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Abu Dhabi, UAETuesday 16 October 2018

Are we ready to handle the next financial crisis?

While another meltdown could happen in the future, the financial system's ability to handle such a scenario has improved

An employee outside the Lehman Brothers London offices with the contents of his desk in a box on September 15, 2008. So how has the financial community moved on from that moment? Photo: EPA
An employee outside the Lehman Brothers London offices with the contents of his desk in a box on September 15, 2008. So how has the financial community moved on from that moment? Photo: EPA

Ten years after the failure of Lehman Brothers nearly caused the international financial system to collapse, the US stock market is now in the midst of a record bull run.

After the global recession passed, the subsequent period was characterised by slow, unspectacular growth, but at least a great depression was avoided. Panic in 2008 and 2009 largely gave way to frustration at the slow pace of recovery giving rise to frequent doubts about its sustainability, and yet the US economy is now in its 10th year of expansion.

Forecasting the next meltdown became almost commonplace, but just as the optimism before the great financial crisis proved to be wrong, so the bouts of pessimism in its aftermath were also misplaced.

Not surprisingly the anniversary of such momentous events has given rise to numerous retrospectives about what has been learnt and how such events can be avoided in the future. While commentaries are littered with warnings that financial crises are becoming more frequent, this is only natural as financial markets deepen and spread into more parts of the world.

So, while the US stock market is scaling new heights, some emerging markets are currently experiencing bear markets. But 30 years ago many of the emerging markets - where bear market behaviour is being observed today- did not exist, just as the financial market instruments that contributed to the Lehman Brothers failure were unheard of only a few years before it happened.

Global economic imbalances also develop and change over time, and with growth they almost inevitably get bigger and more complicated, constantly posing even bigger challenges and risks to policymakers. Even 10 years on from Lehman the transmission of news and information is much quicker due to technology, which can also contribute to the frequency of financial market turbulence, bubbles and crashes.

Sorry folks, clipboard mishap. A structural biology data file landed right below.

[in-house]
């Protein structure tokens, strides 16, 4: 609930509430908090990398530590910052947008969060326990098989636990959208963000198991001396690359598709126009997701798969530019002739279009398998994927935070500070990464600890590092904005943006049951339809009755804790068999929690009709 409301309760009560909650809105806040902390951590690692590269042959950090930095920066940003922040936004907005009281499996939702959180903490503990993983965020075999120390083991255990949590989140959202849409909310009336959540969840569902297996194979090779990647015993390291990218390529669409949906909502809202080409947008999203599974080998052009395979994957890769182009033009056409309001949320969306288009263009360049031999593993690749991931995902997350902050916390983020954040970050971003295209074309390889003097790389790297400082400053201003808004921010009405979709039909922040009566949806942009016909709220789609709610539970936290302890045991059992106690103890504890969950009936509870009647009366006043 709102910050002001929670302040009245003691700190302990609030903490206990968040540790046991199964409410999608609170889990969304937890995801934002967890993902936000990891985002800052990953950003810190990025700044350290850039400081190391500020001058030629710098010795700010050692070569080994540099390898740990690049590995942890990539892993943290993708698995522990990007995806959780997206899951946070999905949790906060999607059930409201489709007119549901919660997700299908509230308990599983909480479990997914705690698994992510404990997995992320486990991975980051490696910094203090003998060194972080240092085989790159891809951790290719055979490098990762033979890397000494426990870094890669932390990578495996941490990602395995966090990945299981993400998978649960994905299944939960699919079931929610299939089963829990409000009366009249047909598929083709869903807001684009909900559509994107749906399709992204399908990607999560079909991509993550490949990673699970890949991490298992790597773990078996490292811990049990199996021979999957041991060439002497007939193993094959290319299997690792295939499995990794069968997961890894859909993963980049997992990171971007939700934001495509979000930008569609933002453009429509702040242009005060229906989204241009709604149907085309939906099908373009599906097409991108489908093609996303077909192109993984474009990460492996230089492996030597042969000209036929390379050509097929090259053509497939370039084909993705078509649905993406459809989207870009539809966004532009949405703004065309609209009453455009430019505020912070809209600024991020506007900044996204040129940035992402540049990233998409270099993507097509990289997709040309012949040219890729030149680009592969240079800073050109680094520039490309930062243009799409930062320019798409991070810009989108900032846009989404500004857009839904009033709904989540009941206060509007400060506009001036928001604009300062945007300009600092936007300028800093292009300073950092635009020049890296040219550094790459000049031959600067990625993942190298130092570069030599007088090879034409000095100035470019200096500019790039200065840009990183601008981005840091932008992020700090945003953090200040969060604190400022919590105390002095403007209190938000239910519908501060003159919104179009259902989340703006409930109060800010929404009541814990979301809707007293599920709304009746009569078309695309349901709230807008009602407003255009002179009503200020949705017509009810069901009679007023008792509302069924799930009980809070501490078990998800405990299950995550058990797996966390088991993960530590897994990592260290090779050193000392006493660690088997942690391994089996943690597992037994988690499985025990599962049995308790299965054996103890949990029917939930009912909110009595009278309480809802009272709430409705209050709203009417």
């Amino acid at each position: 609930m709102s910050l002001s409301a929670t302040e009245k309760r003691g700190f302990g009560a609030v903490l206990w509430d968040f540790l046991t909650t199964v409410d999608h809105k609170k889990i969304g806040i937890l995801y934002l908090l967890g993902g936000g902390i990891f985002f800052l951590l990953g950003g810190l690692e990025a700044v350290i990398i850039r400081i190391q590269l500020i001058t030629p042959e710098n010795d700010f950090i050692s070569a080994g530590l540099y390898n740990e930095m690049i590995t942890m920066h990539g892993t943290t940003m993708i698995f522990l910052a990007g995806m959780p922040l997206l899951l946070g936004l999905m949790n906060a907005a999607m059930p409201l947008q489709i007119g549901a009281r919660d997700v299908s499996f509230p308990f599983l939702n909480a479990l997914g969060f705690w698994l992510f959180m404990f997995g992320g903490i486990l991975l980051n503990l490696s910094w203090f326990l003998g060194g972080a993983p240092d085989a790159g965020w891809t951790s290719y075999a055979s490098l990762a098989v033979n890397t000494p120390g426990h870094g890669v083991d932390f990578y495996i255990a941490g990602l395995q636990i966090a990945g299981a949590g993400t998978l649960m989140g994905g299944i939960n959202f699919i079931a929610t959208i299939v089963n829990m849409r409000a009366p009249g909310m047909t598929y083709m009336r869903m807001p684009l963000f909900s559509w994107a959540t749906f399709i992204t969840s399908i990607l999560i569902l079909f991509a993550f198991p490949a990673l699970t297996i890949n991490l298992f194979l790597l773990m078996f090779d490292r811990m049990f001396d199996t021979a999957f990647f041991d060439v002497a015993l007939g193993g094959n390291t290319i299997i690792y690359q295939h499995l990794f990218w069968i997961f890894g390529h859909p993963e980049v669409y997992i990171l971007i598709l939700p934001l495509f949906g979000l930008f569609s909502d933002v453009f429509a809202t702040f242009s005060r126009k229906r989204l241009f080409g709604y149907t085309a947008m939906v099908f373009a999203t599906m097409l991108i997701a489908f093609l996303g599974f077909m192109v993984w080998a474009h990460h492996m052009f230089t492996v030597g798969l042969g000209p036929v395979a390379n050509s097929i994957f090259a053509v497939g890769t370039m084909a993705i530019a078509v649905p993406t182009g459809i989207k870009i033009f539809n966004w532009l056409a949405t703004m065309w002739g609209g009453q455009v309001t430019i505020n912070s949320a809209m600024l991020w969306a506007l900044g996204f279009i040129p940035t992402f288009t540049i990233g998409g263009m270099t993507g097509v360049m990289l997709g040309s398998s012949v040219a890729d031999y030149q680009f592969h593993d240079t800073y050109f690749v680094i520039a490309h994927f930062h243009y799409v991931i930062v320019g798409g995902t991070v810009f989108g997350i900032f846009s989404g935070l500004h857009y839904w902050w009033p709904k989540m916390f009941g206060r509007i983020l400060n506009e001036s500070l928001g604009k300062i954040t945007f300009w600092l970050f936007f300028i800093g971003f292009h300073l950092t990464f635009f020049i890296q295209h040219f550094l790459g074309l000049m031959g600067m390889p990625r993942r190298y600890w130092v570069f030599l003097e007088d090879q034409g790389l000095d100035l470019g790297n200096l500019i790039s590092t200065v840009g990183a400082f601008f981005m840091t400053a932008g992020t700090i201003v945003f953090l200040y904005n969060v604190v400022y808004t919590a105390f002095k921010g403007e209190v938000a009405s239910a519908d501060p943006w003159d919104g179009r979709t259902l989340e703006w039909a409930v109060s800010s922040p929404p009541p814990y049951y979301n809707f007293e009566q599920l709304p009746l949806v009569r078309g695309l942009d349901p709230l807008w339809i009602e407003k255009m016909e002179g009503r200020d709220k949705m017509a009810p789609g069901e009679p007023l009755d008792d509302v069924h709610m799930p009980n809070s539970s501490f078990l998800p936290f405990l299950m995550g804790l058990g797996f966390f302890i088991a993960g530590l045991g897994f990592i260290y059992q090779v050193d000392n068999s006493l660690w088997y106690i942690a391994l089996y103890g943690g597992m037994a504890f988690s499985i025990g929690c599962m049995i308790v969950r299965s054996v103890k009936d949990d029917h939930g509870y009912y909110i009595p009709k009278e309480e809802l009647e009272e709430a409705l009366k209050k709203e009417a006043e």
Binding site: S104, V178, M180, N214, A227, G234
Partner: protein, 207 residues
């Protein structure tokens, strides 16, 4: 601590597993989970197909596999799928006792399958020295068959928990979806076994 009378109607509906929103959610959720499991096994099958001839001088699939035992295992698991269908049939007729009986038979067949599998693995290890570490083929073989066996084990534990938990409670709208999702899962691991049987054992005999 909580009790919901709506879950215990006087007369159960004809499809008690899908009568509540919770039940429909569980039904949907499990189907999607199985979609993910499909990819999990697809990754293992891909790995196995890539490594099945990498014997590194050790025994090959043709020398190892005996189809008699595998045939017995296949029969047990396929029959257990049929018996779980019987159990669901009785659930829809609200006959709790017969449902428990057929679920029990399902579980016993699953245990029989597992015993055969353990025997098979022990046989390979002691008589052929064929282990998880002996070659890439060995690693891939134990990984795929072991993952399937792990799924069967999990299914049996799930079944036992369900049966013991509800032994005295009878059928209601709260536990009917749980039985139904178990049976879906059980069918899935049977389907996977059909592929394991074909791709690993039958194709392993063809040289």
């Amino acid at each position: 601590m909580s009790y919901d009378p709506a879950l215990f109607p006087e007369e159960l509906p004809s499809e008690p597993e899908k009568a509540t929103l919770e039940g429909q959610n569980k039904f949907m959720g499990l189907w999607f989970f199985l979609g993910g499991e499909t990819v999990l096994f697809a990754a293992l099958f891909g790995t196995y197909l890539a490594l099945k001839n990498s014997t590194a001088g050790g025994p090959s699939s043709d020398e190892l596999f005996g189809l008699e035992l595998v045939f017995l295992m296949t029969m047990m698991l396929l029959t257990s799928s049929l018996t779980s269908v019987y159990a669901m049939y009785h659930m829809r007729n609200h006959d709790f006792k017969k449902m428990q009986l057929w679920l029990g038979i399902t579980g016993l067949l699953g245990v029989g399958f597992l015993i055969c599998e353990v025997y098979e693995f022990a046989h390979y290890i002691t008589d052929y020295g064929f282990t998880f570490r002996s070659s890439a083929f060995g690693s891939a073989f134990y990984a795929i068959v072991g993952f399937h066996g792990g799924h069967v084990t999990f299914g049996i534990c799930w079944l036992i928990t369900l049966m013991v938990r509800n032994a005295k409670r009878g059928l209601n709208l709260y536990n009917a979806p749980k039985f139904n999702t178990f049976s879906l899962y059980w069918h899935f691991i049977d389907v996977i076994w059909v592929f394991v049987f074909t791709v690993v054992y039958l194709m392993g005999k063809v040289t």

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Thankfully, with time and experience the ability of policymakers to respond to crises has also got better. The salient policy response of the last 10 years has been the reliance on monetary policy, with zero interest rates, even negative ones, and ‘quantitative easing’ all entering the lexicon of even casual commentators in such a relatively short space of time.

A decade ago this kind of vocabulary was largely the preserve of academics and historians. What we now know is that it works or can work in ‘real time’, not only theoretically or in the relatively abstract historical context of the 1930s. What we tend to forget is that what now feels like an unqualified success felt like a great experiment 10 years ago.

However, we may also have learnt that the persistent reliance on QE and zero/negative rates may also have some counterproductive aspects, as they can exacerbate or extend crises by inducing fear that ‘emergency’ measures are necessary, thus dampening consumption by ‘deflating’ expectations.

Fiscal policy was perhaps overlooked during the crisis, possibly for understandable reasons given abiding concerns about expanding budget deficits and debt-GDP ratios. But the perceived wisdom of the need to balance budgets before they get out of control could have contributed to the relatively patchy nature of the recoveries, at least in the early post-Lehman years.

The world is also more aware of the role of regulations, the stress-testing of banks and the capital ratios that should be maintained to ensure corporate and financial stability. However, as with monetary policy there are some arguments that these may have gone too far, and may in fact be creating the conditions for future crises. Regulatory overkill for example may inhibit risk taking, while the risk there still appears to reside in some of the biggest global institutions which may still be "too big to fail".

Financial crises and the business cycle have not been abolished, and debt, the principal cause of the Lehman collapse, has actually got bigger in the wake of the crisis, not smaller, with the persistence of low interest rates encouraging this. Fortunately our ability to deal with crises has also improved, a skill that will no doubt be tested again when they emerge, as they surely will, sooner or later.

Tim Fox is chief economist and head of research at Emirates NBD